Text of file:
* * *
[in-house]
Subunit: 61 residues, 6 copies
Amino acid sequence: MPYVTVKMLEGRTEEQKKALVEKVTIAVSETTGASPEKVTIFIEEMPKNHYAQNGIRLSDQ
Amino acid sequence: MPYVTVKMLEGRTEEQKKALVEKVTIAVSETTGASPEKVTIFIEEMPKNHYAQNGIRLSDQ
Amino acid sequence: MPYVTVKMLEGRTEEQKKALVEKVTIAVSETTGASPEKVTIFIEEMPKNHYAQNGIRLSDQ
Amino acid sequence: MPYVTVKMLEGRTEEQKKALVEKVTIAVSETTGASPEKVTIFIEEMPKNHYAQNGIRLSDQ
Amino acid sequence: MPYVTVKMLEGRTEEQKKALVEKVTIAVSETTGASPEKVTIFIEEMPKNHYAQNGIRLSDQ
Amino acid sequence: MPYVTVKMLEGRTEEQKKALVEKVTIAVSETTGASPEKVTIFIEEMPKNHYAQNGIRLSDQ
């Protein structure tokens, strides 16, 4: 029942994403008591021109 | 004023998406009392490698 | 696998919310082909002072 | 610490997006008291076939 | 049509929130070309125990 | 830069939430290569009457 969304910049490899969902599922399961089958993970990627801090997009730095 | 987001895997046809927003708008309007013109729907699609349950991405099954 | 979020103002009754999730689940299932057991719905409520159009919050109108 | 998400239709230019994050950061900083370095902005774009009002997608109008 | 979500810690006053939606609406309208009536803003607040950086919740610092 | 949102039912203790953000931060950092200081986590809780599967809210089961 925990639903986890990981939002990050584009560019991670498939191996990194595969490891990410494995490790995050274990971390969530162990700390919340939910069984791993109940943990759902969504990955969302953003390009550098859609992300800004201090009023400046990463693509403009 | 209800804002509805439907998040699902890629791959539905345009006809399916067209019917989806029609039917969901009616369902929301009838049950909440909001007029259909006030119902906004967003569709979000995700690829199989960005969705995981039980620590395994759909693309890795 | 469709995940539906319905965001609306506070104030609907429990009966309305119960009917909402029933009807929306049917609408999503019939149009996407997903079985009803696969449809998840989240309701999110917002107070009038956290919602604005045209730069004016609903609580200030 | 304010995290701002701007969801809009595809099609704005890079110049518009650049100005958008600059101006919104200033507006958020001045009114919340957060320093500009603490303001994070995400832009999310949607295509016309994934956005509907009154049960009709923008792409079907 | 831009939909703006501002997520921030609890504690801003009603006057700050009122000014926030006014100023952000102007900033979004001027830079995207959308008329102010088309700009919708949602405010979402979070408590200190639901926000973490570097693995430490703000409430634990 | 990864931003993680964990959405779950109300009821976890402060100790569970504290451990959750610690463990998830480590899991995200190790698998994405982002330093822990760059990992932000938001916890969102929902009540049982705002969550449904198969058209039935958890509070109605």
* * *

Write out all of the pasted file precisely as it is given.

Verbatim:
[in-house]
Subunit: 61 residues, 6 copies
Amino acid sequence: MPYVTVKMLEGRTEEQKKALVEKVTIAVSETTGASPEKVTIFIEEMPKNHYAQNGIRLSDQ
Amino acid sequence: MPYVTVKMLEGRTEEQKKALVEKVTIAVSETTGASPEKVTIFIEEMPKNHYAQNGIRLSDQ
Amino acid sequence: MPYVTVKMLEGRTEEQKKALVEKVTIAVSETTGASPEKVTIFIEEMPKNHYAQNGIRLSDQ
Amino acid sequence: MPYVTVKMLEGRTEEQKKALVEKVTIAVSETTGASPEKVTIFIEEMPKNHYAQNGIRLSDQ
Amino acid sequence: MPYVTVKMLEGRTEEQKKALVEKVTIAVSETTGASPEKVTIFIEEMPKNHYAQNGIRLSDQ
Amino acid sequence: MPYVTVKMLEGRTEEQKKALVEKVTIAVSETTGASPEKVTIFIEEMPKNHYAQNGIRLSDQ
């Protein structure tokens, strides 16, 4: 029942994403008591021109 | 004023998406009392490698 | 696998919310082909002072 | 610490997006008291076939 | 049509929130070309125990 | 830069939430290569009457 969304910049490899969902599922399961089958993970990627801090997009730095 | 987001895997046809927003708008309007013109729907699609349950991405099954 | 979020103002009754999730689940299932057991719905409520159009919050109108 | 998400239709230019994050950061900083370095902005774009009002997608109008 | 979500810690006053939606609406309208009536803003607040950086919740610092 | 949102039912203790953000931060950092200081986590809780599967809210089961 925990639903986890990981939002990050584009560019991670498939191996990194595969490891990410494995490790995050274990971390969530162990700390919340939910069984791993109940943990759902969504990955969302953003390009550098859609992300800004201090009023400046990463693509403009 | 209800804002509805439907998040699902890629791959539905345009006809399916067209019917989806029609039917969901009616369902929301009838049950909440909001007029259909006030119902906004967003569709979000995700690829199989960005969705995981039980620590395994759909693309890795 | 469709995940539906319905965001609306506070104030609907429990009966309305119960009917909402029933009807929306049917609408999503019939149009996407997903079985009803696969449809998840989240309701999110917002107070009038956290919602604005045209730069004016609903609580200030 | 304010995290701002701007969801809009595809099609704005890079110049518009650049100005958008600059101006919104200033507006958020001045009114919340957060320093500009603490303001994070995400832009999310949607295509016309994934956005509907009154049960009709923008792409079907 | 831009939909703006501002997520921030609890504690801003009603006057700050009122000014926030006014100023952000102007900033979004001027830079995207959308008329102010088309700009919708949602405010979402979070408590200190639901926000973490570097693995430490703000409430634990 | 990864931003993680964990959405779950109300009821976890402060100790569970504290451990959750610690463990998830480590899991995200190790698998994405982002330093822990760059990992932000938001916890969102929902009540049982705002969550449904198969058209039935958890509070109605």